In the post-Soviet era/post-Cold War era, it was considered that the development of the globalisation would secure the leading position of the USA as the main beneficiary. The foreign policy of Ronald Raegan administration brought “the giant” to the knees. The decision was made to ransack the Soviet Union, Russia and the satellite states, benefiting of the abundant resources and relatively unsaturated market of Eastern Europe. Think for a moment about the geographic spread: from Eastern Germany on the west, to Yugoslavia on the south, up to Estonia and all the way to Russian Kamchatka laid the market to consume the manufactured products and resources awaiting for someone to get hold of them. The pie was too big to digest alone so the States brought to the table its Western European allies. At about the same time, China was allowed to get access to the globalisation system. China, at the time, was a huge pool of cheap human resource and outsourcing some of the insignificant tasks made good sense. Then producing more advanced products made equally good sense, since no one expected anything of China. The players made money out of this cooperation, but no one expected that China can win the race. The race was for the white gentlemen to win – not for China. Fast forward to present days, here we are: China is the biggest manufacturer, biggest economy, with the biggest internal market, projecting its influence there, where only the gentlemen were allowed (Africa, Middle East, Europe and even Americas).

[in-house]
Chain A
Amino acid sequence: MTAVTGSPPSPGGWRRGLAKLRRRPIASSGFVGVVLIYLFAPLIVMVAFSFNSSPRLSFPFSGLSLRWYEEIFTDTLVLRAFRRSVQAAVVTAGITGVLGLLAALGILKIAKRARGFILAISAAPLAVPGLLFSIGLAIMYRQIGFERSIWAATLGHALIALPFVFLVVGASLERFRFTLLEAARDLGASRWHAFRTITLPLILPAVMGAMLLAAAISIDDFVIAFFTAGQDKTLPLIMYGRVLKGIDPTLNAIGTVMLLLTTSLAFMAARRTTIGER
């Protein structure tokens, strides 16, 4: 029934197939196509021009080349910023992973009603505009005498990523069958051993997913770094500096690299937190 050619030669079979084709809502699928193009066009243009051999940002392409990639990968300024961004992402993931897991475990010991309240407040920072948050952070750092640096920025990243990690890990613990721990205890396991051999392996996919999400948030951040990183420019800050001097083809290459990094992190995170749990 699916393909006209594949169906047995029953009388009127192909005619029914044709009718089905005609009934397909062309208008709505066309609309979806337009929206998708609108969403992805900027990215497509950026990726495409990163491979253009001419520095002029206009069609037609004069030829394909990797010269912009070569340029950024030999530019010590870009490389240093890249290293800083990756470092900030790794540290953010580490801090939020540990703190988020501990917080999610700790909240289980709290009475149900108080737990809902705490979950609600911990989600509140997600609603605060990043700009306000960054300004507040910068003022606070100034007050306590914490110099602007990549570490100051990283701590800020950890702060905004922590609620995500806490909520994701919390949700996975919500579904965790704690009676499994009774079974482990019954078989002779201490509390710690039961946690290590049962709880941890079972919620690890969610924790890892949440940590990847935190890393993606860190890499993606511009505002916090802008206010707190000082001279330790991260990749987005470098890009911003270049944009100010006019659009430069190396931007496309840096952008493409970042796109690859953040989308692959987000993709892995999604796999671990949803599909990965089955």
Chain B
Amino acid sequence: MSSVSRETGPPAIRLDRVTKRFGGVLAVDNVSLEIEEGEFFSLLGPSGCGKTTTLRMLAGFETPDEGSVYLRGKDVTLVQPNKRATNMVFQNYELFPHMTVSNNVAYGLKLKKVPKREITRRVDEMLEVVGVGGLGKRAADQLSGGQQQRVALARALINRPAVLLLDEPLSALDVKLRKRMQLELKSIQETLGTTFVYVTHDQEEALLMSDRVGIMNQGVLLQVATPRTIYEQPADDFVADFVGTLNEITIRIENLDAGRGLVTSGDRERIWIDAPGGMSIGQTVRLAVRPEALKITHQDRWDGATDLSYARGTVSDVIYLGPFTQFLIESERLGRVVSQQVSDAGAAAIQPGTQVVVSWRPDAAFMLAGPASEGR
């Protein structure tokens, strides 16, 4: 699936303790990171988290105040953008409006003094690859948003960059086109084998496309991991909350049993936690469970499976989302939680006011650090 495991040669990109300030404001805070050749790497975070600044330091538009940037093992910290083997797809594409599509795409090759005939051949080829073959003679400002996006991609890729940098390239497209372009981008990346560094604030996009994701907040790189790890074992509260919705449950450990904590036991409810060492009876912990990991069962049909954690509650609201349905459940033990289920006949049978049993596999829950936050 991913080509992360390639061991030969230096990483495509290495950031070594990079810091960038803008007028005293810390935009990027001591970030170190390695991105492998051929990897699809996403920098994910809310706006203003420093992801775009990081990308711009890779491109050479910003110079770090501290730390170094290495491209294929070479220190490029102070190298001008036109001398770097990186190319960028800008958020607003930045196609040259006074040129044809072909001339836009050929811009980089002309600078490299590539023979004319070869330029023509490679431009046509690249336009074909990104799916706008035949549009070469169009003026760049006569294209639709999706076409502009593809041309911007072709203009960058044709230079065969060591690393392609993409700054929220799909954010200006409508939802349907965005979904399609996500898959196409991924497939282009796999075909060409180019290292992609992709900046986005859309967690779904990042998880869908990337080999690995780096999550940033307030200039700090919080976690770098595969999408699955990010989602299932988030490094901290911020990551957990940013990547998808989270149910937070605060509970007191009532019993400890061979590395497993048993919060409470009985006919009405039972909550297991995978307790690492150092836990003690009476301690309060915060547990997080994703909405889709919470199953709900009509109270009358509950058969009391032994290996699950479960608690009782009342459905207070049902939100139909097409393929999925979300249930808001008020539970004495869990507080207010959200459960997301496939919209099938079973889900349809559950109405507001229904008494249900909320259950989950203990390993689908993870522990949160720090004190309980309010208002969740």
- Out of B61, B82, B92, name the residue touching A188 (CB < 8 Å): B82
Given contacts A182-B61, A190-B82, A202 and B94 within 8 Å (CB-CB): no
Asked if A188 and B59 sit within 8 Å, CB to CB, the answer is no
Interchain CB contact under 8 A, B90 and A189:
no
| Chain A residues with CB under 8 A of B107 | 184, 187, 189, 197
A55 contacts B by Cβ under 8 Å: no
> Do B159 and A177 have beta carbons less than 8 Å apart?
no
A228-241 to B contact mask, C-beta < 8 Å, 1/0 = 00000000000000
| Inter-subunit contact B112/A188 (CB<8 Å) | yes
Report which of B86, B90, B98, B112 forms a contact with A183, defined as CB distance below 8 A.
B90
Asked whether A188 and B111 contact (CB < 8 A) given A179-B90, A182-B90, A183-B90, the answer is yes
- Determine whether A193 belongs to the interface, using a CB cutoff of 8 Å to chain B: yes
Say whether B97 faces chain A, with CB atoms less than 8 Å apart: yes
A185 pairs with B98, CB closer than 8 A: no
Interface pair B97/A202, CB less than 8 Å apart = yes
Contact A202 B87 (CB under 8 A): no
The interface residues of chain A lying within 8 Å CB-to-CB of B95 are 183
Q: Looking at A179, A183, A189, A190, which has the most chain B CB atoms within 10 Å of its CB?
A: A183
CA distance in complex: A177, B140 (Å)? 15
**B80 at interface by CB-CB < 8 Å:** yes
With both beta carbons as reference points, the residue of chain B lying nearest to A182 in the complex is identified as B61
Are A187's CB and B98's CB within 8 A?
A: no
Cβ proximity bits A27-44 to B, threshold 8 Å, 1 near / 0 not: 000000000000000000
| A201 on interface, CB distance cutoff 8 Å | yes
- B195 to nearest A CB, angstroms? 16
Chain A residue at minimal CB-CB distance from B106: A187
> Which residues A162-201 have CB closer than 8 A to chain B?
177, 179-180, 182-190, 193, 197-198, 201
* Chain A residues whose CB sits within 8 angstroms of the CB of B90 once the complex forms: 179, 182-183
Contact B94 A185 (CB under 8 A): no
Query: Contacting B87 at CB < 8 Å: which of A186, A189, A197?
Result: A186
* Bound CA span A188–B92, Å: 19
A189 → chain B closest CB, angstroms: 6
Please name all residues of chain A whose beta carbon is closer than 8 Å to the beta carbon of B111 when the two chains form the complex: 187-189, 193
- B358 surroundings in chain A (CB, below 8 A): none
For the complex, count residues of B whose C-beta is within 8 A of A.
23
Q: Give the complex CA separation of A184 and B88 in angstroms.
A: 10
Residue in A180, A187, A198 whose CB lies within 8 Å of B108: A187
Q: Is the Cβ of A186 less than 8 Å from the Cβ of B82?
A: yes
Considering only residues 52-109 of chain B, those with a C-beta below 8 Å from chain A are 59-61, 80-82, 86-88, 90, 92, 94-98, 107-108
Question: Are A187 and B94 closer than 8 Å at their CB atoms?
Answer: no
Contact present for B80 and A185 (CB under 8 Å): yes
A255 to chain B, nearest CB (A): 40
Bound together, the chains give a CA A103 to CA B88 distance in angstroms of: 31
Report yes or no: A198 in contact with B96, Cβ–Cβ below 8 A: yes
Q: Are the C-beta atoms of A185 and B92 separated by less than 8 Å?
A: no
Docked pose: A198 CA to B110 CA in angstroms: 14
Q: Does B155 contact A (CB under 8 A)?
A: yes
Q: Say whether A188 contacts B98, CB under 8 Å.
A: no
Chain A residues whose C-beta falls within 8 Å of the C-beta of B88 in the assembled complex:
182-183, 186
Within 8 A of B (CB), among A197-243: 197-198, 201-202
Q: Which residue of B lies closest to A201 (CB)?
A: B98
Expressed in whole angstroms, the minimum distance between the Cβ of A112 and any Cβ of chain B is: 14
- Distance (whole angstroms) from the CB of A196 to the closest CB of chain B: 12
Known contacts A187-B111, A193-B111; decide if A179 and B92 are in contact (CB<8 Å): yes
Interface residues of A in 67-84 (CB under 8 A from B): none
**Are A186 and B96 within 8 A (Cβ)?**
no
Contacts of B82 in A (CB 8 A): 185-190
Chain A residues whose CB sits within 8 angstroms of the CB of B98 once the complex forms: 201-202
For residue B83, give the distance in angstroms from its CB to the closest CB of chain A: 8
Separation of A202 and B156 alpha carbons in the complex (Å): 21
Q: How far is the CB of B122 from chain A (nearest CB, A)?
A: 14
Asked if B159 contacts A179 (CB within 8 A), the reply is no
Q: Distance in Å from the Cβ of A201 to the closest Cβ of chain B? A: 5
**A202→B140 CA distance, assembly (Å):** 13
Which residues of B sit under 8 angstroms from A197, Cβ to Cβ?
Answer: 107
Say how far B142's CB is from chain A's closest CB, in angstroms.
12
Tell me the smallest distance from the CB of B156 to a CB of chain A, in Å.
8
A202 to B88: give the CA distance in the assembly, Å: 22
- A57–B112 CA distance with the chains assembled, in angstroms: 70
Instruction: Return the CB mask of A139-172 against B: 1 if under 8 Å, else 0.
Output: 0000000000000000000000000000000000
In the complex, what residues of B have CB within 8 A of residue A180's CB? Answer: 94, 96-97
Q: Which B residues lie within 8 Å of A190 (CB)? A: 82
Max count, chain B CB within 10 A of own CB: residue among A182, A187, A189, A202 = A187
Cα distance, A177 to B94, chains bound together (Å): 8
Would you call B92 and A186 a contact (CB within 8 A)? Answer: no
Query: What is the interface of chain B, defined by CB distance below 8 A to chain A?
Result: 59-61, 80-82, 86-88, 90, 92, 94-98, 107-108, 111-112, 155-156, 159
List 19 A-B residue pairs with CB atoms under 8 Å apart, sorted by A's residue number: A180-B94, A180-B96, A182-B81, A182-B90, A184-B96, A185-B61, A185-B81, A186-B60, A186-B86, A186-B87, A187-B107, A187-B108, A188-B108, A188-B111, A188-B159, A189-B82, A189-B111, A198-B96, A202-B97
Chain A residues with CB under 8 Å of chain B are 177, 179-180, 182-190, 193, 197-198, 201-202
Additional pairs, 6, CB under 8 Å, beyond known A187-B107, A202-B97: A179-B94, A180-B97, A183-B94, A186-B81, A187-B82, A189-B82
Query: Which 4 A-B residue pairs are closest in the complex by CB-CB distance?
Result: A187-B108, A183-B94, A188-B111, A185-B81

What happens now?

Continue reading “Globalisation no more… what is next?”

Difference between Invention and Optimization

Recently, I was a part of Systematic Creativity and TRIZ Basics online class presented by professor Leonid Chechurin from LUT. One of the first questions in the class was to give our own definition of the difference between the invention and optimization. I found it quite interesting especially given the fact that I never thought of that.  The result of my reflections are below.

Optimization – gradual change of an existing system, process or solution by upgrading or downgrading existing properties to a new optimum or, in other words, to a new expected outcome. Thus, optimization is the process of reaching a new optimum or a new balance of interests.

Invention is the process of reaching another level of novelty. Invention is a gradual or radical change of the existing solution by adding, upgrading or downgrading the existing properties until a new nonexistent level of problem resolution is found. Novelty is the distinguishing factor between these two.